A Day in the lifeSeptember 24, 2017 in Spain ⋅ ⛅ 70 °F
Every day on the Camino is different in terms of being in a new place, seeing different things and people. However, there is a rhythm that is common to all the days.
In my first hostel I saw that we had to be out by 8 so I set my alarm for 7:30. Ha! What a waste of time. At about 6 AM the rustlers start in, people quietly gathering their possessions or maybe just counting their money, I don't know. Sometimes you get a bonus half an hour to an hour to sleep a little bit more, but by 7 people are no longer trying to be quiet, and the lights generally go on at 7 or 730. It takes 15 minutes to get dressed and packed (wearing the same clothing every day since Labor Day makes the dressing easier), so I'm usually out by 8 or 830. Usually the hostel is not close to a place to get coffee, but even when it is I find that it's nice to walk for an hour before getting coffee and something sweet, it tastes SOO good and lubricates the joints. Then I walk for a couple of hours, stop briefly for a piece of fruit, walk a few more hours. I try to stop around 1 or 2 o'clock for a real break, meaning that I take off my backpack and my shoes and have some bread, cheese, chocolate. I've always almost always arrived by 3 or 4 o'clock, check in and get a bed (with any luck at all), take a shower, wash out my clothes, maybe lie down for a minute. Then I'm ready to go explore. I might do another hour or two of walking the rest of the day, but that is sauntering in Keens , no backpack.
Food is somewhat challenging on the Camino given the timing of meals in Spain. They have their midday meal between noon and three, and then restaurants shut down for any real food until 7 or 8 o'clock pm. It doesn't really work for me to wait until 8 PM to eat; I'm getting ready for bed by that time. At times it would be possible to have a noon meal as I'm walking, but I don't like the idea of sitting down and having a full meal before I've arrived where I'm going. So there are some days that I don't have a real meal. But in medium size towns , restaurants will serve snacks in the afternoon hours, so I often have dish called a tortilla which is somewhat like an omelette. It costs less than $2,, and the ice cream I have for dessert is about $2, so I'm eating on the cheap. I do work pretty hard at getting an apple, orange, and banana every day, and every once in a while I'll get in a salad or some vegetables.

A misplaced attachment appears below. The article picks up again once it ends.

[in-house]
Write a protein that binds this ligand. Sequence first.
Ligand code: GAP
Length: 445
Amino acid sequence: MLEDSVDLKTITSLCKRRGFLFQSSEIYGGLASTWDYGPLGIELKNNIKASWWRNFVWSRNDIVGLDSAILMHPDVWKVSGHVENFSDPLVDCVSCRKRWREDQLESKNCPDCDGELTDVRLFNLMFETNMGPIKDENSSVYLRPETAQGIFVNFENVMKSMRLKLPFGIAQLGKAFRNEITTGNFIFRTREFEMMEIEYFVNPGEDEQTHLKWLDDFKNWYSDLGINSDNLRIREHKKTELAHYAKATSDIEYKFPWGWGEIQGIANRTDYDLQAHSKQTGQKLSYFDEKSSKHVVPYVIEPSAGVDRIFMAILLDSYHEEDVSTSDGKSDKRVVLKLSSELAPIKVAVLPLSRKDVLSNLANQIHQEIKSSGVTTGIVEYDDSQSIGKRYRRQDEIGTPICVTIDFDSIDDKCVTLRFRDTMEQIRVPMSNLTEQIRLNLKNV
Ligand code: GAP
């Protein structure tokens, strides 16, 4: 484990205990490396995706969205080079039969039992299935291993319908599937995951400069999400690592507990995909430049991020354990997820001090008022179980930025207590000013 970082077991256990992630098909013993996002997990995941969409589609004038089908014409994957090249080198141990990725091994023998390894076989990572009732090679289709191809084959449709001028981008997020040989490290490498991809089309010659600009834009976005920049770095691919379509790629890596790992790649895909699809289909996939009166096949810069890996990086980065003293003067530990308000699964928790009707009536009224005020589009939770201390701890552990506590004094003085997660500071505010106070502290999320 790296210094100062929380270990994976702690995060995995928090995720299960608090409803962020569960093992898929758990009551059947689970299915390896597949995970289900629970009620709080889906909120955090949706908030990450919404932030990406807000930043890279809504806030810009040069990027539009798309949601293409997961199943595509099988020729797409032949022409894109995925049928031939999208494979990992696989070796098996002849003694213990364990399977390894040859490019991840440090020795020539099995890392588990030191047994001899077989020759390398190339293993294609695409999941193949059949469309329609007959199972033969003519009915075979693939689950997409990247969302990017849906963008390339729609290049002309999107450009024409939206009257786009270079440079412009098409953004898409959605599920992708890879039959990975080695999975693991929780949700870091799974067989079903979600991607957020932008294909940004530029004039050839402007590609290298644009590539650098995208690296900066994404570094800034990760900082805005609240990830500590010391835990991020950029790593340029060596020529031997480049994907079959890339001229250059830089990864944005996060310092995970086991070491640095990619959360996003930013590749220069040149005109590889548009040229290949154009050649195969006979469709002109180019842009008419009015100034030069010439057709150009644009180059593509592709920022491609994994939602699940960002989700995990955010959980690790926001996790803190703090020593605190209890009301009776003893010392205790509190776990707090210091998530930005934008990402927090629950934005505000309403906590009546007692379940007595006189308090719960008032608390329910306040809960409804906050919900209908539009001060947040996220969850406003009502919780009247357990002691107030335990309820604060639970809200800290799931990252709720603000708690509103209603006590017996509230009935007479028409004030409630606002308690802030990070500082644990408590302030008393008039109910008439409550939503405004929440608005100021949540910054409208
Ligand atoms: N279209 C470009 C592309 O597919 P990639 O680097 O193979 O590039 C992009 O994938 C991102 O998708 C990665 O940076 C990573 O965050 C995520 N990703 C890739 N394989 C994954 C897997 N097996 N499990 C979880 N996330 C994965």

I love exploring the towns, especially the ones by the ocean, in the late afternoon. I like looking at the houses and sometimes chat with people. This is also a time that you can get to know other folks in the hostels. I'm usually in bed by nine, although it's hard to get to sleep before the last pilgrim has laid his or her little head down on the pillow, as it could be quite noisy before then. I'm actually sleeping quite well in the hostels, even with the law that there must be one snorer in each room.
Today I'm taking a rest day in Oviedo. The camino that I'm walking has just split off from the coastal route and there are some hilly areas coming up, so I want to get ready. I also only have six days until my team comes to join me, and I need to be in good shape for them. We'll be climbing every mountain, fording every stream, fighting off alligators and bulls; strenuous times ahead! I also have to hone my leadership skills, being firm but kind, I iron fist in a velvet glove. Once they arrive on the 30th in Lugo, we will have a week to walk into Santiago and then a week to play around walking towards the coast. I'm looking forward to seeing them.
No theme to the pictures today, just miscellaneous scenes.Read more